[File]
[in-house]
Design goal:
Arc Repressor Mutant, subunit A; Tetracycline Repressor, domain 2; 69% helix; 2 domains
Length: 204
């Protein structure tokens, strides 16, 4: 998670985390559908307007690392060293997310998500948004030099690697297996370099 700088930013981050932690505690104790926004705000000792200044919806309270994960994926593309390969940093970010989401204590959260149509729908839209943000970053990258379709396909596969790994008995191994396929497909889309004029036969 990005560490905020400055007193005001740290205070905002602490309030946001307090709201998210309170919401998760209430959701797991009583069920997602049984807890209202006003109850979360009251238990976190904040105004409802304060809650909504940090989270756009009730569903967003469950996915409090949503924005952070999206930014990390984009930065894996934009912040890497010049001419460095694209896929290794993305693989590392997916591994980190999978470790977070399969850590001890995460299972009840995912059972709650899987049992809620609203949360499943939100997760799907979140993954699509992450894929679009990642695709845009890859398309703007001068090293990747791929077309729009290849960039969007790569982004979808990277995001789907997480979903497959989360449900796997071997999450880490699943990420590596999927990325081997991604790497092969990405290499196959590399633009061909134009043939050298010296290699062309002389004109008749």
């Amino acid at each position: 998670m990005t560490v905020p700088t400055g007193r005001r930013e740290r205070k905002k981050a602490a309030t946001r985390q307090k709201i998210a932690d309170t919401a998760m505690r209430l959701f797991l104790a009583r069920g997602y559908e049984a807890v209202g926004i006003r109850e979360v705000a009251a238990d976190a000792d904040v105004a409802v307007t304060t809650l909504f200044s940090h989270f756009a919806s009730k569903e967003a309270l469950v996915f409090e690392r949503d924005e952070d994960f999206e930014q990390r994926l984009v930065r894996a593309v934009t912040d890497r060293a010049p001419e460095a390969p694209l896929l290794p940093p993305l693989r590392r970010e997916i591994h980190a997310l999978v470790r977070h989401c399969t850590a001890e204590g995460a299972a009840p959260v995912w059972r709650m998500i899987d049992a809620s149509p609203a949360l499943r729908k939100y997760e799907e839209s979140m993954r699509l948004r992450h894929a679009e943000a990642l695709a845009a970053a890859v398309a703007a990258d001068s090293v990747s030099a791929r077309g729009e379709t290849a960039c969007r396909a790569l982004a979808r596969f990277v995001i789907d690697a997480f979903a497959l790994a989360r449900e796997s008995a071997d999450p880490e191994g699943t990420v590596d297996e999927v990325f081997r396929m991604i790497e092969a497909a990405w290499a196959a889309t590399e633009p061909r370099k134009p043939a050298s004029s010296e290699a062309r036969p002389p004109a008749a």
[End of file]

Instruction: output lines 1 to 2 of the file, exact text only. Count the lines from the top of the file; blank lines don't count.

[in-house]
Design goal: